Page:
Cross the stile to enter the hillside horse paddock. Walk diagonally right, heading for the barns visible in the valley bottom. You will find a stile in the bottom boundary, just to the left of the barns. Cross this stile and the next one directly ahead to enter a hillside pasture (which may be holding cattle). Walk directly ahead, heading uphill along the right-hand boundary of this large hillside field.
|Arbon to Chiltern Way|
Start point: 51.5807 lat, -0.8232 long
Cross the road and walk straight ahead through the hedge gap to reach the corner of a crop field. Walk ahead, following the line of the hedge on the right. After just 50 yards, fork right onto the signed footpath which leads you between hedges and then continue ahead along the left-hand edge of this next crop field. Stay on the field edge path as it swings right and then left and leads you down to reach a corner of woodland. Fork left here to join the footpath into Homefield Wood.
|Chiltern Way to Pullingshill Wood|
Start point: 51.5742 lat, -0.8318 long
The stone track leads past a vehicle barrier and out to a T-junction with the road. Turn right along the road (taking care of traffic) and, where the road bends right, turn left to join the footpath (signed as the Chiltern Way).
|Pullingshill Wood to End|
Start point: 51.5722 lat, -0.818 long
Walk directly ahead on the path which leads you fairly steeply uphill. Once over the brow of the hill, keep left at the fork and pass between laid tree trunks to reach a crossroads with a quiet tarmac lane. (NOTE: Just before this lane you will see a waymarker post. If you wish to visit the World War I trenches turn right along the path, with the road to the left, and you will come to the trenches on the right.)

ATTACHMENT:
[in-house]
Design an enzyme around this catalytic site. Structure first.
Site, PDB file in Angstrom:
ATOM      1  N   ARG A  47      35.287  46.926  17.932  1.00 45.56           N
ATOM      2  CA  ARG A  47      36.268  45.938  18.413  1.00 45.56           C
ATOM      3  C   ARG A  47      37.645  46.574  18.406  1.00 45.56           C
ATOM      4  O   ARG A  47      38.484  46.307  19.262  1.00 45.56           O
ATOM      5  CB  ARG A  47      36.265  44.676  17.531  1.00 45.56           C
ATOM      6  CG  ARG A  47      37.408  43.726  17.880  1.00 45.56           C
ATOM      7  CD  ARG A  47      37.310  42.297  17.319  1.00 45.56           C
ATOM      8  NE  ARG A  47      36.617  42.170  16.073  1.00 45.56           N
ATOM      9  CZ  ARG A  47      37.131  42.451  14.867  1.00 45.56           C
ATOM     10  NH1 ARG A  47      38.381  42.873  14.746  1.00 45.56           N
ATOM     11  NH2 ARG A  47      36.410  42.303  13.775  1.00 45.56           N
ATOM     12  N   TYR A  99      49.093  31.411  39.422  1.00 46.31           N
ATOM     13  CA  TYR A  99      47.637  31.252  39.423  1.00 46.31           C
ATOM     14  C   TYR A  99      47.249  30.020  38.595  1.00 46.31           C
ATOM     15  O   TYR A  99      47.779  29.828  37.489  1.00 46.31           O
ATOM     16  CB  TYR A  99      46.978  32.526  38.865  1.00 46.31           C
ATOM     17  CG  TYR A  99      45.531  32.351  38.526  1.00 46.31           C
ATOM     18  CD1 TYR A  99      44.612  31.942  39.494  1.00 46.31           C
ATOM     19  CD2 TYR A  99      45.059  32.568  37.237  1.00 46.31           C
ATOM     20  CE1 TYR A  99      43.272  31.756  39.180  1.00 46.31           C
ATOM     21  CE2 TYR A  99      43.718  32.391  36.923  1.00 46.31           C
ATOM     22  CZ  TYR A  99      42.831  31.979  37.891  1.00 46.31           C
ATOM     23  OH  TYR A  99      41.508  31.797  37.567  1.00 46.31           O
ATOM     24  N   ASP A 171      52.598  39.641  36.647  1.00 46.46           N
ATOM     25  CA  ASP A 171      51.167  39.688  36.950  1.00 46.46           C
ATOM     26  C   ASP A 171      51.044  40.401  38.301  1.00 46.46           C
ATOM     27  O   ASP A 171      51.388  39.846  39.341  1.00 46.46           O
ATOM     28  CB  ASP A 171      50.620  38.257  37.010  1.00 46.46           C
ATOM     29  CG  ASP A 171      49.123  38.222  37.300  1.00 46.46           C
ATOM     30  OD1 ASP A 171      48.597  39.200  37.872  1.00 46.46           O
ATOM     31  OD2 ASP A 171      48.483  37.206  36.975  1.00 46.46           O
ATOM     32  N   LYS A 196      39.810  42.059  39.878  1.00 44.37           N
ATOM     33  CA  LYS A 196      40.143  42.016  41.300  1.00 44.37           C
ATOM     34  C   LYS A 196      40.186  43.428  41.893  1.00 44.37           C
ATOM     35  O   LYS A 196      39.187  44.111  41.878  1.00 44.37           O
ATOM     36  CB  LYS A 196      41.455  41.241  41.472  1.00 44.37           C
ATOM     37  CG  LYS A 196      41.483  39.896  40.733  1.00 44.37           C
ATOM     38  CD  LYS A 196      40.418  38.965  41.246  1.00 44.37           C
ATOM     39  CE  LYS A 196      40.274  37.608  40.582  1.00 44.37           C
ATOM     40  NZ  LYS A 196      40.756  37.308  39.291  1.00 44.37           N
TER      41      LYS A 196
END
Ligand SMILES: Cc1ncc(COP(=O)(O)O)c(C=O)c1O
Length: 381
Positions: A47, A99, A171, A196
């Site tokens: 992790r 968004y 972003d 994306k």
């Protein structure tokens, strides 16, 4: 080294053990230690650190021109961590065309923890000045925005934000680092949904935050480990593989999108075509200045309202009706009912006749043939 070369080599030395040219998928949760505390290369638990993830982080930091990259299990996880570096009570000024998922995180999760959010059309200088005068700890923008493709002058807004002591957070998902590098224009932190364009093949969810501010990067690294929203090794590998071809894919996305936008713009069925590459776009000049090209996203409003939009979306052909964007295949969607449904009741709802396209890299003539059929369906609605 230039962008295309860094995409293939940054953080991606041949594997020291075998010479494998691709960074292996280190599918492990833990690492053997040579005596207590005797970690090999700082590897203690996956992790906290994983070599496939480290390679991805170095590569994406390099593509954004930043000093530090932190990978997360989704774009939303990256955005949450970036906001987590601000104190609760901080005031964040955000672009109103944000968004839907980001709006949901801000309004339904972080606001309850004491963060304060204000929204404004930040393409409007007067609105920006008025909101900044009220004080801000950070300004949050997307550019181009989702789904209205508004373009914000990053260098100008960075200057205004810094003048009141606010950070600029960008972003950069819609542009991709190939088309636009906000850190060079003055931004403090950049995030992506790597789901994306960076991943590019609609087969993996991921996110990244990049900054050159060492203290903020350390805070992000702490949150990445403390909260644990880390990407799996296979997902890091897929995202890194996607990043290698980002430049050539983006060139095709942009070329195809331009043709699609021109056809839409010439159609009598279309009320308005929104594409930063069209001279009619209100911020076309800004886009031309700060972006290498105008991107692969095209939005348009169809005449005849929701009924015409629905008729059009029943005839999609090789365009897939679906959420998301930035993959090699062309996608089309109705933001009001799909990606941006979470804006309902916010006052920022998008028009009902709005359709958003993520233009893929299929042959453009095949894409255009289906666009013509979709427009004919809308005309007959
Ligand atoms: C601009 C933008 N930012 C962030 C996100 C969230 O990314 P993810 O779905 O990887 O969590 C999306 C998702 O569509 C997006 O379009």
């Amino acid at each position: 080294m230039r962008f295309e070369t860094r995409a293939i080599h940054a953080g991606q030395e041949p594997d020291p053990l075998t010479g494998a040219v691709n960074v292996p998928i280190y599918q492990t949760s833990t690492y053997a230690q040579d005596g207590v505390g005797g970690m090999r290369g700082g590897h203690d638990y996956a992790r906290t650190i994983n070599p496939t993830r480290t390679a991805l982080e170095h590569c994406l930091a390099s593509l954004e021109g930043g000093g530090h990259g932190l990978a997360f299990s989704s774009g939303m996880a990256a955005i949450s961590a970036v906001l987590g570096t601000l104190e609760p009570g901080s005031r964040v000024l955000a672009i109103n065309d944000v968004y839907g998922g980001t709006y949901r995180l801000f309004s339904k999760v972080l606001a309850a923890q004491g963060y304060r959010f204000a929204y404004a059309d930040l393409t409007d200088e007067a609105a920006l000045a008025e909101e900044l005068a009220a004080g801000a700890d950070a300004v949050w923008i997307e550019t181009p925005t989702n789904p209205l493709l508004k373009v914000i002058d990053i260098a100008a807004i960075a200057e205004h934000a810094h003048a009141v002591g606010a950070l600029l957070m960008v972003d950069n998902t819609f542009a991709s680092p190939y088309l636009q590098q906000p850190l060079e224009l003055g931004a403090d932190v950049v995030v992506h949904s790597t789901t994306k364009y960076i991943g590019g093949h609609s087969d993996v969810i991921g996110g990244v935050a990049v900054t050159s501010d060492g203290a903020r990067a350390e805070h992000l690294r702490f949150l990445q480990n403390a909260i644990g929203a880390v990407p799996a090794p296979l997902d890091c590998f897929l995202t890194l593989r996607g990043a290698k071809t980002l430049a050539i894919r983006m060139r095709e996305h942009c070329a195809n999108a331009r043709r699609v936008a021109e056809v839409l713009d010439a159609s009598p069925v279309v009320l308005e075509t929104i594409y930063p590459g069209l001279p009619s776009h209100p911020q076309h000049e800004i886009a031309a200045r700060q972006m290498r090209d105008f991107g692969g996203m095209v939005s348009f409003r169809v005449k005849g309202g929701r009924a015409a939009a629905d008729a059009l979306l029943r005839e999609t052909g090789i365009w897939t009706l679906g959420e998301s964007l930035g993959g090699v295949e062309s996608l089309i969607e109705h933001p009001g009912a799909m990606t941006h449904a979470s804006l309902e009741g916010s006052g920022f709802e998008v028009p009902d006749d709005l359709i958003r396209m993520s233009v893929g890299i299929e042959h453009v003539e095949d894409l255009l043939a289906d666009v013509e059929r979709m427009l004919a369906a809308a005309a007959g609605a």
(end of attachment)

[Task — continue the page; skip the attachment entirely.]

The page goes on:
Text and images for this walk are Copyright © 2015 by the author clairesharpuk and may not be reproduced without permission.
Did this one on 24th April 2015, great walk! One comment, the last bit of the Lord's Wood Stile to Arbon.....now the trees are in leaf, the red brick house is not visible, so just aim for the clump of trees!
|By Fishingsmurf on 2015-04-25 07:55:15|
Did this walk this morning (20th March 2016) with our three little girls and we all love it. Great day outdoor!
|By mgastaut on 2016-03-20 19:50:02|
Really lovely walk on a cold crisp sunny day. Some prickly brambles particularly on the narrow path through Homefield Wood.
|By Alcazaba on 2016-11-29 20:03:57|
The information in this guide has been provided in good faith and is intended only as a guide, not a statement of fact. You are advised to check the accuracy of the information provided and should not use this guide for navigational directions nor should you rely on the accuracy of the weather forecast. You are advised to take appropriate clothing, footwear, equipment and navigational materials with you according to the current and possible weather and nature of the terrain. Always follow the country code and follow any additional warnings or instructions that may be available. Some walks may be very strenuous and you are advised to seek medical advice if you have any doubts as to your capability to complete the walk.
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|Image by: Richard |
Uploaded: 01 Jan 1970
View of the WWI practice trenches
|Image by: Richard |
Uploaded: 01 Jan 1970